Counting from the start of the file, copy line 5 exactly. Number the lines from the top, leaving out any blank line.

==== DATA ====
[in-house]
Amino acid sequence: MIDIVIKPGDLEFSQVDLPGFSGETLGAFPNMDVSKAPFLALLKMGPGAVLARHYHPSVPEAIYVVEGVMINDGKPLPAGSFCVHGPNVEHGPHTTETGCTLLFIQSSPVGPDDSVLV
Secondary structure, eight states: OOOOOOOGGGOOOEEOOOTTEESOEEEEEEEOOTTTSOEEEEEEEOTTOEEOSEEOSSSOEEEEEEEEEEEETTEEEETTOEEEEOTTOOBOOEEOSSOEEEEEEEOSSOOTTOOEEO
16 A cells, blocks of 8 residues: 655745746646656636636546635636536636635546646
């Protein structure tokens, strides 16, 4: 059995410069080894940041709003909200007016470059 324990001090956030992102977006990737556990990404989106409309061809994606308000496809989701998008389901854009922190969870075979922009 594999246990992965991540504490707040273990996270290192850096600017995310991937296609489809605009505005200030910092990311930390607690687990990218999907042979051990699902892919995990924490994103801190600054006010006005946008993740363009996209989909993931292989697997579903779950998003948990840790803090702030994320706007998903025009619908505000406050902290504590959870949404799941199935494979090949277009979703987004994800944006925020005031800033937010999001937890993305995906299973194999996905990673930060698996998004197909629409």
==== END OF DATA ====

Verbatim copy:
């Protein structure tokens, strides 16, 4: 059995410069080894940041709003909200007016470059 324990001090956030992102977006990737556990990404989106409309061809994606308000496809989701998008389901854009922190969870075979922009 594999246990992965991540504490707040273990996270290192850096600017995310991937296609489809605009505005200030910092990311930390607690687990990218999907042979051990699902892919995990924490994103801190600054006010006005946008993740363009996209989909993931292989697997579903779950998003948990840790803090702030994320706007998903025009619908505000406050902290504590959870949404799941199935494979090949277009979703987004994800944006925020005031800033937010999001937890993305995906299973194999996905990673930060698996998004197909629409």